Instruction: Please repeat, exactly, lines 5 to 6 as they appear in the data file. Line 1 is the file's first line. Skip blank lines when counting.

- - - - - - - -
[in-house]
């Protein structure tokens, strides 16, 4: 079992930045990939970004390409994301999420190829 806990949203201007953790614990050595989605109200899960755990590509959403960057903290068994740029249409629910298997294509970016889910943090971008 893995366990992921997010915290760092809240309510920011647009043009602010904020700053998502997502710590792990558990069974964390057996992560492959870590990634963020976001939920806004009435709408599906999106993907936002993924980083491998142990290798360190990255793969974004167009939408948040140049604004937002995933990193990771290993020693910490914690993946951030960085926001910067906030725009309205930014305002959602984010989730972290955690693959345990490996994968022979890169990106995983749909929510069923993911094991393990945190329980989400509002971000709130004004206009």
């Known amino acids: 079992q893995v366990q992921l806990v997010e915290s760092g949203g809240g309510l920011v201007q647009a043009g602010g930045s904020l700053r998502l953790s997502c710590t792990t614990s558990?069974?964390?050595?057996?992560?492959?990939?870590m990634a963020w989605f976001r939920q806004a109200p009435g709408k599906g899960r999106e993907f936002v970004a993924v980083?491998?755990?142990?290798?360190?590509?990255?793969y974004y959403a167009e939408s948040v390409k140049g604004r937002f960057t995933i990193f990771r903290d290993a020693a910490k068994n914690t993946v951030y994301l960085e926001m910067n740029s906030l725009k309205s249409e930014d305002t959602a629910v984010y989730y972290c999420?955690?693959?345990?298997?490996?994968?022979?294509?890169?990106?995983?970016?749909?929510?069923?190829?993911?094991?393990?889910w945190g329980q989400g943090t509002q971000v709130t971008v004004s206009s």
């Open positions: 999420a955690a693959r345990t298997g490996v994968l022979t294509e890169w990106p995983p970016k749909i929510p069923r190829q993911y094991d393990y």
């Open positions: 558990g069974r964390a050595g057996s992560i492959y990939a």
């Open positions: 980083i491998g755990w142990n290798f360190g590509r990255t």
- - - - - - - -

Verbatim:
């Open positions: 558990g069974r964390a050595g057996s992560i492959y990939a």
């Open positions: 980083i491998g755990w142990n290798f360190g590509r990255t």